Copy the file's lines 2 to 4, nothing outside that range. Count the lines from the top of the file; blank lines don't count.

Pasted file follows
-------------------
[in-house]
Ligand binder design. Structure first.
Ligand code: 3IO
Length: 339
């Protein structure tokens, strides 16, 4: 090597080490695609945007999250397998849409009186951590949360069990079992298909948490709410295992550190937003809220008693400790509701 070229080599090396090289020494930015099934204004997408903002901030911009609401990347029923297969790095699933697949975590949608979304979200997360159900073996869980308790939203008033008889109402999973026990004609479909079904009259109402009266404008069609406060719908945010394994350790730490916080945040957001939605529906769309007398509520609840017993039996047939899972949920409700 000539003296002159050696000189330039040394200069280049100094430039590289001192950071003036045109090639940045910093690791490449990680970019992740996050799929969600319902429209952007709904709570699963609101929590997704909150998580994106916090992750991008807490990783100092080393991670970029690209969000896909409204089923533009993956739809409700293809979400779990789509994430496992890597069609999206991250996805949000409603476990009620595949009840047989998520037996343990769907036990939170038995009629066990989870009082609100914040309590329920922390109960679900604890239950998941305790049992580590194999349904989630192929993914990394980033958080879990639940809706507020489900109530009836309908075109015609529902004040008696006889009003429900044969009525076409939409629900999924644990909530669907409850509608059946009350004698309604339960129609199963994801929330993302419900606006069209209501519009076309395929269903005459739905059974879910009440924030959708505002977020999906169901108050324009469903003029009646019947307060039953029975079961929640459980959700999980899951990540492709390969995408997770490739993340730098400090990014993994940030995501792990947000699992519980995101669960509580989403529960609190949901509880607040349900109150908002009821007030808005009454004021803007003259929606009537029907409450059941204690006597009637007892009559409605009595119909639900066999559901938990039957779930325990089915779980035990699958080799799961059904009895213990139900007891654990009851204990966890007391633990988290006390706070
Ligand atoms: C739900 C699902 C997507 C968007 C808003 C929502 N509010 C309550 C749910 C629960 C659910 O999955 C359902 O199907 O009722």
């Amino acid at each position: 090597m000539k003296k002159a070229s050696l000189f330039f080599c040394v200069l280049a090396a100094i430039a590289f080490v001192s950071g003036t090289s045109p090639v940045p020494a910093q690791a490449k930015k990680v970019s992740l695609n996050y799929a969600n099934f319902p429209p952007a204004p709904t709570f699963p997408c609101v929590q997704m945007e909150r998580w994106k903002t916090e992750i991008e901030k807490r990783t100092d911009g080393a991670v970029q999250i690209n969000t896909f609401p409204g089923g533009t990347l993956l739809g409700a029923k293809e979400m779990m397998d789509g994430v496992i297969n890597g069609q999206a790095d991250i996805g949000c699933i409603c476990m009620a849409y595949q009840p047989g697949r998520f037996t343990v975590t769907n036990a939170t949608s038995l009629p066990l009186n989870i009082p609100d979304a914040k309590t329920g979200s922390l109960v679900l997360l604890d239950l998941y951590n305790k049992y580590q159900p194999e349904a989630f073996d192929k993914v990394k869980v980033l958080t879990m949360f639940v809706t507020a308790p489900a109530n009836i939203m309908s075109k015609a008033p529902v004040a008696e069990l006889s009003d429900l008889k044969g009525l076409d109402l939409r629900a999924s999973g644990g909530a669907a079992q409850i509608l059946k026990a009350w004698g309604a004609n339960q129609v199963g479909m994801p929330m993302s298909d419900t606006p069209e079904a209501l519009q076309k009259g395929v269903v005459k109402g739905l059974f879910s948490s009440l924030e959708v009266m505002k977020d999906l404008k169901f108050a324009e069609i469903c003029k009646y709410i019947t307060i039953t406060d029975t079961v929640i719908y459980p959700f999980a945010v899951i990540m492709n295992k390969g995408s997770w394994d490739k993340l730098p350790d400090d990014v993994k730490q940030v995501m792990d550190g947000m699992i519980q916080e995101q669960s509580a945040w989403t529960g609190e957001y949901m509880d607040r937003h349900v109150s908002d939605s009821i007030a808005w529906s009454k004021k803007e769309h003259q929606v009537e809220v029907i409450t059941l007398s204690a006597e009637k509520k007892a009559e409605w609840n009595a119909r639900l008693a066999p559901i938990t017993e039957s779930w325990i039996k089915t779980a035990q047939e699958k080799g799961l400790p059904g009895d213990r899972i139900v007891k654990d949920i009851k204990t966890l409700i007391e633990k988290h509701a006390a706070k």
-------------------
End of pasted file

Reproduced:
Ligand binder design. Structure first.
Ligand code: 3IO
Length: 339